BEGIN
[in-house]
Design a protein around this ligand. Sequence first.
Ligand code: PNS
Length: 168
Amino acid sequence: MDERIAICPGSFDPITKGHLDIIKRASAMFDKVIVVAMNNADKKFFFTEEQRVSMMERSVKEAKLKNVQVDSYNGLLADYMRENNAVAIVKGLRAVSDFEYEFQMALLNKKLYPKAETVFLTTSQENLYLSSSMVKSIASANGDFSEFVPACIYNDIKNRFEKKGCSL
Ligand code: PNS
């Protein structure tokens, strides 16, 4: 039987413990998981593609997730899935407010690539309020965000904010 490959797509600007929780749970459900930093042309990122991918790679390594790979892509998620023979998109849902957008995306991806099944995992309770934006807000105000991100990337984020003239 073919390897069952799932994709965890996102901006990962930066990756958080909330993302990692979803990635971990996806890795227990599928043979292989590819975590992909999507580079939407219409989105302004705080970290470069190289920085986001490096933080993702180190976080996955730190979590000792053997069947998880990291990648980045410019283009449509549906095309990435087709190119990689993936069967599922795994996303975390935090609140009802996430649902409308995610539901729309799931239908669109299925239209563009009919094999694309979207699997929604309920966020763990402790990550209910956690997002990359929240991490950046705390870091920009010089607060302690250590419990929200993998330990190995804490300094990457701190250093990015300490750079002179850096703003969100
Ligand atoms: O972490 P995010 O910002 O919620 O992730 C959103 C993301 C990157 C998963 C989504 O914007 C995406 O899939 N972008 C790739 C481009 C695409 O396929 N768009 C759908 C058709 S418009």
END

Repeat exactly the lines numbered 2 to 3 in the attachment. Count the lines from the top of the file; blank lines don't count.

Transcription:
Design a protein around this ligand. Sequence first.
Ligand code: PNS